Just two days before this, several members had taken part in Christian Aid’s Circle the City walk. Our intrepid group visited a number of places of worship as part of their 10km sponsored walk, along with taking part in activities which highlighted many of Christian Aid’s key focuses.


Those who didn’t walk shook buckets back at the Chapel or sponsored walkers to help this worthy cause. Once again, it was a great example of a community coming together to help others. There you have it. Two events that involve being out in the world and visible to our community; events where we try to make a difference to the world, and celebrate those who have done so before us; events which bring people together to learn and share from one another, breaking down divisions; events with no direct link to The Leys, yet which I believe show some of the values and ethos which unite


the three institutions of The Leys, The Old Leysian Society, and Wesley’s Chapel and Leysian Mission to this very day. All Old Leysians are welcome to join us for worship, to volunteer in the programmes which serve our local community, to share in fellowship with us, or to join us for events as described above. The next OL Communion will take place on Thursday 2nd February 2017. Judith Bell. Leysian Missioner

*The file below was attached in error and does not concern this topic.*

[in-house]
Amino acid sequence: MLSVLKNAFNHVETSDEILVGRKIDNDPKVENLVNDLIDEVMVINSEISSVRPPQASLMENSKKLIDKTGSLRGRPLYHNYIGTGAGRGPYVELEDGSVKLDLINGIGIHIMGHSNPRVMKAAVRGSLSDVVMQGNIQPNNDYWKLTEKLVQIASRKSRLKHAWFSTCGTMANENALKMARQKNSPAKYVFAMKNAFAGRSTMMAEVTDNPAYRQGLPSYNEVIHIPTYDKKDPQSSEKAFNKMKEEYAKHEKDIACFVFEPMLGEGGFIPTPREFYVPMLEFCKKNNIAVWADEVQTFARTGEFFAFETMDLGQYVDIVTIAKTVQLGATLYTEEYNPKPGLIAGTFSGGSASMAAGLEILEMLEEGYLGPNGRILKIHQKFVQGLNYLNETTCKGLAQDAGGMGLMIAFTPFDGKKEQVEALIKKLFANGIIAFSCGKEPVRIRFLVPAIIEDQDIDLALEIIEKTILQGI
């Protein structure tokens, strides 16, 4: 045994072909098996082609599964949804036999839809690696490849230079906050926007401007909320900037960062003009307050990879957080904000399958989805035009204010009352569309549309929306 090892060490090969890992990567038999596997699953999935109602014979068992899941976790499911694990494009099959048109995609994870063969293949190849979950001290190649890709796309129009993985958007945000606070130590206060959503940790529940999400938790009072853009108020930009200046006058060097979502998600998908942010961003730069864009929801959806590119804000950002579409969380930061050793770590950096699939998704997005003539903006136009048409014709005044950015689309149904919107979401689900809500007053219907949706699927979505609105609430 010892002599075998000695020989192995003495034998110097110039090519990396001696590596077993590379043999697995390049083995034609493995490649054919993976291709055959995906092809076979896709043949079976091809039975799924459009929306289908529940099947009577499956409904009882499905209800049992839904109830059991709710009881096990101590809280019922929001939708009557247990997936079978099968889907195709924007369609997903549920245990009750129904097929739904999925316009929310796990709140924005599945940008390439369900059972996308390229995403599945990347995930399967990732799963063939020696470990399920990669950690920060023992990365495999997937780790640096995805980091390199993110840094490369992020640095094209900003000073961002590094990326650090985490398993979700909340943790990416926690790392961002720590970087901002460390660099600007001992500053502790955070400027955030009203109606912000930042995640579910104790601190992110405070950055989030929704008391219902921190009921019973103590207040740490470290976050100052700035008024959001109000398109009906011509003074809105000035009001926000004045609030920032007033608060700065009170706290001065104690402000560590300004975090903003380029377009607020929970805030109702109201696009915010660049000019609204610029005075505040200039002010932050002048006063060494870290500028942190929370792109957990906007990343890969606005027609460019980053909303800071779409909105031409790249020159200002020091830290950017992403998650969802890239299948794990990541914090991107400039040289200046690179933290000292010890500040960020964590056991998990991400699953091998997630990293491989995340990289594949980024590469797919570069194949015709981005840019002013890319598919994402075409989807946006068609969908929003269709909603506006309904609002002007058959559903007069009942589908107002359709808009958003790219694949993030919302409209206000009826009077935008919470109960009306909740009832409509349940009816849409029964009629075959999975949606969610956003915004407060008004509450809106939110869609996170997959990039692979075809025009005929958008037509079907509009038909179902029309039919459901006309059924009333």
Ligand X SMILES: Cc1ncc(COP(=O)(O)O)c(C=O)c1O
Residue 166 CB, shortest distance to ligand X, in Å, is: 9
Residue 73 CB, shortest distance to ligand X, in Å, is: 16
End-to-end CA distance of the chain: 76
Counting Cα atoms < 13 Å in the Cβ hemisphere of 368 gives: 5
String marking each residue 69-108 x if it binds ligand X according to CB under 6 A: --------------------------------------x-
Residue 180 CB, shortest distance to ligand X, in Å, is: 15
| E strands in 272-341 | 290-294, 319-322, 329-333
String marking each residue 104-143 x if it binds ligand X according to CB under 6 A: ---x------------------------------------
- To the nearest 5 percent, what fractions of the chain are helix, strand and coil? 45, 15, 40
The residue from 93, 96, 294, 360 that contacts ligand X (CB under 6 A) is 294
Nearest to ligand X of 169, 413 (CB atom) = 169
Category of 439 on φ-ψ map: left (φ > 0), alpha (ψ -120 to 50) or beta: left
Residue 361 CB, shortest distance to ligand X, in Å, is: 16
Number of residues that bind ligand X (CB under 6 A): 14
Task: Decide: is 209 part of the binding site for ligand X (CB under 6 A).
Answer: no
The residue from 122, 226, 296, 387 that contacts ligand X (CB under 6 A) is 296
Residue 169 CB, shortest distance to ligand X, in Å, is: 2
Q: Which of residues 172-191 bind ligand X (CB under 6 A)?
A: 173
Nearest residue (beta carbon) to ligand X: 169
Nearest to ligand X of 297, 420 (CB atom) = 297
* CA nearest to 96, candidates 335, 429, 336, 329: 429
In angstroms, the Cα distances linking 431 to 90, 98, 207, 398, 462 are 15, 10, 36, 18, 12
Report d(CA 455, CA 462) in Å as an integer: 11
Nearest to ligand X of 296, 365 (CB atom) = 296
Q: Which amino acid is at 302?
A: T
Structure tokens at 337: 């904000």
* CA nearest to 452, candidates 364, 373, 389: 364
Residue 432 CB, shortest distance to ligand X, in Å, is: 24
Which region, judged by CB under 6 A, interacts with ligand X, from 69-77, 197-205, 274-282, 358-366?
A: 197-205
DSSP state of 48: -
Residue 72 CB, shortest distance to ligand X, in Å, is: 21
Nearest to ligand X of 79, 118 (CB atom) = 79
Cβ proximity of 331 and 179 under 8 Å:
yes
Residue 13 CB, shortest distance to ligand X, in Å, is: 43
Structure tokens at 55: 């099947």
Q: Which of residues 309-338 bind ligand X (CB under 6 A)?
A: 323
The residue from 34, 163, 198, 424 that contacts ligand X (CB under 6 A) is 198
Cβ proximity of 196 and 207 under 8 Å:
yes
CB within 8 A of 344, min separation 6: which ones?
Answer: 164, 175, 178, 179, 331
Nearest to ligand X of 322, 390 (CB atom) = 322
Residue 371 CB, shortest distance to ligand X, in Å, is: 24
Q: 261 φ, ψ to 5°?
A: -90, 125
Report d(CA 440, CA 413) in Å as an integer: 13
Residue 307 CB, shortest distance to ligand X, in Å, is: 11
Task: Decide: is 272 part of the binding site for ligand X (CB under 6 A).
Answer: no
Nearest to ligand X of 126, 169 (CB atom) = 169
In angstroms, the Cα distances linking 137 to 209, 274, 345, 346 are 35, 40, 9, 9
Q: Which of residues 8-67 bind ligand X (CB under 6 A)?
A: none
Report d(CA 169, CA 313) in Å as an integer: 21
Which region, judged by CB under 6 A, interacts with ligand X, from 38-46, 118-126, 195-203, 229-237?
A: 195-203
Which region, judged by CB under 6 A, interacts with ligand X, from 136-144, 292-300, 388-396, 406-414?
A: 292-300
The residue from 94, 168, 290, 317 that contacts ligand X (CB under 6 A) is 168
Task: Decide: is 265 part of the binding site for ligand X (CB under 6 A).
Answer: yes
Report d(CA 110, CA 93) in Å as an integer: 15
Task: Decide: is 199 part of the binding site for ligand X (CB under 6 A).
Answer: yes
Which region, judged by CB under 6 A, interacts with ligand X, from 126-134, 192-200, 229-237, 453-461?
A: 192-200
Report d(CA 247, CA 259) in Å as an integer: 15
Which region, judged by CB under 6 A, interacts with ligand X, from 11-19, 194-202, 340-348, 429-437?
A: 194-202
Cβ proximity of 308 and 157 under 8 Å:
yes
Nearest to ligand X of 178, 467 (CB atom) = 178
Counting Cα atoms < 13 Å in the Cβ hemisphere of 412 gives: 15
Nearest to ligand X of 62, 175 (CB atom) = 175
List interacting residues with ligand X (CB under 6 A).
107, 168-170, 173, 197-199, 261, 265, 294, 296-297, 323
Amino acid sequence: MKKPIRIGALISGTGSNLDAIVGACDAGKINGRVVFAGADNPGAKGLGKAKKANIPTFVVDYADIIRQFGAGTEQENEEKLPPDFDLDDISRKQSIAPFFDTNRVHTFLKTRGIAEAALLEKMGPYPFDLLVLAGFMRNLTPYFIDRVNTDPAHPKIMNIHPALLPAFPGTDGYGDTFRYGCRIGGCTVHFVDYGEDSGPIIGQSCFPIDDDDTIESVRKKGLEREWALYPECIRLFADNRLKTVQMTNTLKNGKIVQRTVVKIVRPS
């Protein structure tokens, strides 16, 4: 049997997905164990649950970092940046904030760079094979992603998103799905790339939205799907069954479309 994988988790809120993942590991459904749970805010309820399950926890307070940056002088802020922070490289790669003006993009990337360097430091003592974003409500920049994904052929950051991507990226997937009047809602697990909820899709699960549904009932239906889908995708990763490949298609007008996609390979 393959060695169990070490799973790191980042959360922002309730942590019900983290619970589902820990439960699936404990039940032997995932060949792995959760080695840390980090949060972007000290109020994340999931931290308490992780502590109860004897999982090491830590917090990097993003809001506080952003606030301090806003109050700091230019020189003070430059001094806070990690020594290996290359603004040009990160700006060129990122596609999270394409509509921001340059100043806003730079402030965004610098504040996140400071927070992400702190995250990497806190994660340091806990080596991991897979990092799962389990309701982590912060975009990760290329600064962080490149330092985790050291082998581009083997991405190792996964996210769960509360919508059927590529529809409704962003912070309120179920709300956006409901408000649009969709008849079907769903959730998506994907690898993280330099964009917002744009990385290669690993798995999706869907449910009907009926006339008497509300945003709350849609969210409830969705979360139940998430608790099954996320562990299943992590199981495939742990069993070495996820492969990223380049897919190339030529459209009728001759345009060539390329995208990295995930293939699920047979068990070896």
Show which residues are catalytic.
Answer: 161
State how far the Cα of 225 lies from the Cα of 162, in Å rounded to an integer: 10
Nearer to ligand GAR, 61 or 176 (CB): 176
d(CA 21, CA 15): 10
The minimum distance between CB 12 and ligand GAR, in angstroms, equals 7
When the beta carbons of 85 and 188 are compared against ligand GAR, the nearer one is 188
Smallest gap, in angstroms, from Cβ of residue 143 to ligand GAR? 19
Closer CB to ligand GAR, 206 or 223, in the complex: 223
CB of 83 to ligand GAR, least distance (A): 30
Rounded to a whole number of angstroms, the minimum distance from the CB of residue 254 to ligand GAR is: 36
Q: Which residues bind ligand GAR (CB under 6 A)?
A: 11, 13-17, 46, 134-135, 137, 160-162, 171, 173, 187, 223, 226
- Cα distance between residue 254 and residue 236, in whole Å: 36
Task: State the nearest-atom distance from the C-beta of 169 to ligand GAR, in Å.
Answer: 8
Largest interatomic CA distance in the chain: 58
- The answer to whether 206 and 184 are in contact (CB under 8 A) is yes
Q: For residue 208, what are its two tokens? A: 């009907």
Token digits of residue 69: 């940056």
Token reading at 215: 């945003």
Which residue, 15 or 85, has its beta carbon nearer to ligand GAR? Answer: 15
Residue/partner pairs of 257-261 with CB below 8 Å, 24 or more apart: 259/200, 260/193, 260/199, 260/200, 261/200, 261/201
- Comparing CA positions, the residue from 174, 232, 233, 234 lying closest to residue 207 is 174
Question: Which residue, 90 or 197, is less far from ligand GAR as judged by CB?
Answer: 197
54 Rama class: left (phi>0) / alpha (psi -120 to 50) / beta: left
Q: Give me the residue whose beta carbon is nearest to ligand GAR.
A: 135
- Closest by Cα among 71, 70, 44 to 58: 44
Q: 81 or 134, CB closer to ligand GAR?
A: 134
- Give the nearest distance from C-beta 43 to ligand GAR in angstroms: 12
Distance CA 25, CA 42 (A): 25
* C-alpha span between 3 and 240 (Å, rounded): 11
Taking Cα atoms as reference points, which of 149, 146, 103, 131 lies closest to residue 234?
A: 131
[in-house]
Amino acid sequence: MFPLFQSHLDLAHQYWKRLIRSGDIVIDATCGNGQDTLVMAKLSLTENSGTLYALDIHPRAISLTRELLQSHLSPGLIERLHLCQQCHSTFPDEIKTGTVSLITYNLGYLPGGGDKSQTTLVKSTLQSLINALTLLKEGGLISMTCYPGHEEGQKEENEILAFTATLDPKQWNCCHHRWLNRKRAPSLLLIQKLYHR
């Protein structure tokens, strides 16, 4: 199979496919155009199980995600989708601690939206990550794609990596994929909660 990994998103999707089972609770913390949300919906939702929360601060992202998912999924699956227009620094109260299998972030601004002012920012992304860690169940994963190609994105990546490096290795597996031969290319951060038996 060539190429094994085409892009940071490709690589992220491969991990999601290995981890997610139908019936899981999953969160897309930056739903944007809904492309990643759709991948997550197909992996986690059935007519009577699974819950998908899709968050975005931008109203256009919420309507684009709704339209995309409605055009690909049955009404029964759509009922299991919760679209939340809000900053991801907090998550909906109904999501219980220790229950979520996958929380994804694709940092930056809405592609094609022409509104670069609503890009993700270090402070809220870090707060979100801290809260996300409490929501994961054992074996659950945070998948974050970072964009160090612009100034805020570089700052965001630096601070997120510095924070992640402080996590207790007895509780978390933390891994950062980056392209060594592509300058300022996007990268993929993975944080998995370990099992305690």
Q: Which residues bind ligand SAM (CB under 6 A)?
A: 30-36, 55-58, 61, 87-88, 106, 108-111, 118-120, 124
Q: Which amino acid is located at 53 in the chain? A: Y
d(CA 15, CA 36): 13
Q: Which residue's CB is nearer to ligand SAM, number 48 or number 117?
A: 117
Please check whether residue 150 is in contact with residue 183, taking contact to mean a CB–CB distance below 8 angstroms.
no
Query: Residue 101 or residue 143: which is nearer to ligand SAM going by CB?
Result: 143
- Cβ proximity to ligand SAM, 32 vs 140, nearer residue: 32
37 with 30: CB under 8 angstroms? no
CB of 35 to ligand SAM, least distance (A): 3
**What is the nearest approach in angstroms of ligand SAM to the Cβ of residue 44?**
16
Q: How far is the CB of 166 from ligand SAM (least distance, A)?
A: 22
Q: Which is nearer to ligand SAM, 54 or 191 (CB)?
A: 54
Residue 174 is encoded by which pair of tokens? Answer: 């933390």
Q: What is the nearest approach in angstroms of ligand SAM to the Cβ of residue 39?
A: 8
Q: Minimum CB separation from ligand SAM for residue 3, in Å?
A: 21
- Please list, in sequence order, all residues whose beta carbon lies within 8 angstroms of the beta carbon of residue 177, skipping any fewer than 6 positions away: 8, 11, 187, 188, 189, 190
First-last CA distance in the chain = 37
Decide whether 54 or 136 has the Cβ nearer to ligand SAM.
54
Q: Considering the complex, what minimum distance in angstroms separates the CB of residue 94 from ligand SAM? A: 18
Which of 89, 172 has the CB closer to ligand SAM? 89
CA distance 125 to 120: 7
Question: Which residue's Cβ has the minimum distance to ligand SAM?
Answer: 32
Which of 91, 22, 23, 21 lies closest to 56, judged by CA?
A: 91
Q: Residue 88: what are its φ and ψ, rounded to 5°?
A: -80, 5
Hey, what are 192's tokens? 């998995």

From the Head of Development EVENTS C A L E N DA R Friday 14 October SE ASIA RECEPTIONS Bankers Club, Hong Kong, 13 October Tanglin Club, Singapore, 19 October Royal Selangor Golf Club, Kuala Lumpur, 22 October Drinks Receptions, 6.30pm-9pm Full details will be emailed nearer the time. (If you will be in any of these place on these dates and would like to attend please contact Fiona Slot, Thursday 3 November LONDON EVENT Venue: The Charterhouse, Charterhouse Square, London EC1M 6AN Drinks Reception 6.30pm-8.30pm